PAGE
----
The project found that rare plants almost trebled, while species that had gone extinct in the area returned.
The study, published in the journal Biological Conservation, tested a range of measures for improving freshwater habitat and wildlife in the countryside in three catchment areas in Leicestershire.
These included putting woody debris in streams, damming up ditches to create pools that slowed run-off and building interception ponds to filter out nutrients and other pollutants.
The project also created clean water ponds, focusing on digging them in low intensity pasture, scrub or woodland where they would fill up with clean water and avoid pollution running off from agriculture or roads.
In the absence of any measures the number of wetland plant species would have declined by 9% over the nine years of the project. The study found that the clean water ponds were much more effective than the other measures tested.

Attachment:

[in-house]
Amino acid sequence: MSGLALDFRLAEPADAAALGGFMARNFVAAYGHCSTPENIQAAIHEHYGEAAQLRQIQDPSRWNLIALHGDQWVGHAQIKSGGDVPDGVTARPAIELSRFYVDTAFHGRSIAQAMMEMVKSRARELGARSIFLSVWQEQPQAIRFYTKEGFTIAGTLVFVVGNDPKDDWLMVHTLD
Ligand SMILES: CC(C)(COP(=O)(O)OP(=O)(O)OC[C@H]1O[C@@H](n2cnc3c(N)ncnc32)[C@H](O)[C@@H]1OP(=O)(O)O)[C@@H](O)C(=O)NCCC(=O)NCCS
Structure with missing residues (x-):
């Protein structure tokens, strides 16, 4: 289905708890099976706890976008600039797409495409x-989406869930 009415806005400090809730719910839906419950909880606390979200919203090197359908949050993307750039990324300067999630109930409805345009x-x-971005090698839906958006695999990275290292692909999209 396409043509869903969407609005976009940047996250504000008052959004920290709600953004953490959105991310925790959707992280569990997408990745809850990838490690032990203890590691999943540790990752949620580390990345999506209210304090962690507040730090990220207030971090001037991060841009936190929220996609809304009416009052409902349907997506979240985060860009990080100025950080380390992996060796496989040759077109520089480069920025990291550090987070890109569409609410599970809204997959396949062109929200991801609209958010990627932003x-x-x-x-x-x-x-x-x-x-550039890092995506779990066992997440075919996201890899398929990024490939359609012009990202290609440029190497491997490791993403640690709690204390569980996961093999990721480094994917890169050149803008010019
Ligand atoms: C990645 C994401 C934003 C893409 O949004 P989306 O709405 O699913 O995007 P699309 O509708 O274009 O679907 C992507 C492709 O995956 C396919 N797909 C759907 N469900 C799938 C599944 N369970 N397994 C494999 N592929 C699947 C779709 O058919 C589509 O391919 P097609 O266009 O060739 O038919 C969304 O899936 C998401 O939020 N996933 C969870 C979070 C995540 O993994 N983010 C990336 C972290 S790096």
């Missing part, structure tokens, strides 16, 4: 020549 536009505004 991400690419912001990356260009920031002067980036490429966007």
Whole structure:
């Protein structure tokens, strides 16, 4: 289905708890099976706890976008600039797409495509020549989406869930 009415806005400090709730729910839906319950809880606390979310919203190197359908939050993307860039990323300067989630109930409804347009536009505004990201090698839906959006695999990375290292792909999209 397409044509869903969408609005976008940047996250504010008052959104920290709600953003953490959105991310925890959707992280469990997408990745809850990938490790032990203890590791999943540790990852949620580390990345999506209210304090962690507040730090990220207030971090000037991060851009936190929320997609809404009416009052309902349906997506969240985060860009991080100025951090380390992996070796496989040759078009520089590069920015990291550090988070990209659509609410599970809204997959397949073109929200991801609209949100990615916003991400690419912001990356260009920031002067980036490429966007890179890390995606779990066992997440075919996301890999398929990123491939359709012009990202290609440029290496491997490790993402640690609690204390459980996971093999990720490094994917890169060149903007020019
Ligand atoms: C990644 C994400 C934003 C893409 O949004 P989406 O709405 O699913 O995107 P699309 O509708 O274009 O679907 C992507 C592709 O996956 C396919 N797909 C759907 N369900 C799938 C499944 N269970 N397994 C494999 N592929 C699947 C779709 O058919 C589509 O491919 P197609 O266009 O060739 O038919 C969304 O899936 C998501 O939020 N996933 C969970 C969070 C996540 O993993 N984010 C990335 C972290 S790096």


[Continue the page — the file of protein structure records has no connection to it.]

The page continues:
When the scientists put in the clean water ponds, it cancelled out that 9% decline and actually increased the number of wetland plant species by 26% compared to the starting point in 2010.
They were also one of the cheapest interventions, costing just £1,500-£2,000 each to dig, and helped bring back rare species such as marsh arrowgrass, bristle club-rush and mare’s tail.
Professor Colin Brown, from the University of York’s Department of Environment and Geography and one of the academics involved in the study, said:”Rural freshwaters are under intense threat from a wide range of pollutants, resulting in a slow but steady decline in biodiversity. Perhaps the most important finding of the research was how strikingly large and fast the positive response was from creating the clean water ponds.”
Penny Williams, from Freshwater Habitats Trust who led the study, said: “The gains we saw are unprecedented for freshwater and are, by a long way, the largest recorded improvements in freshwater diversity seen from adding land management measures to countryside landscapes.
“Our previous work had already shown that ponds were a secret treasure in the British countryside—with a value out of proportion to their tiny size—however the scale of benefits from adding new ponds took all of us by surprise.”
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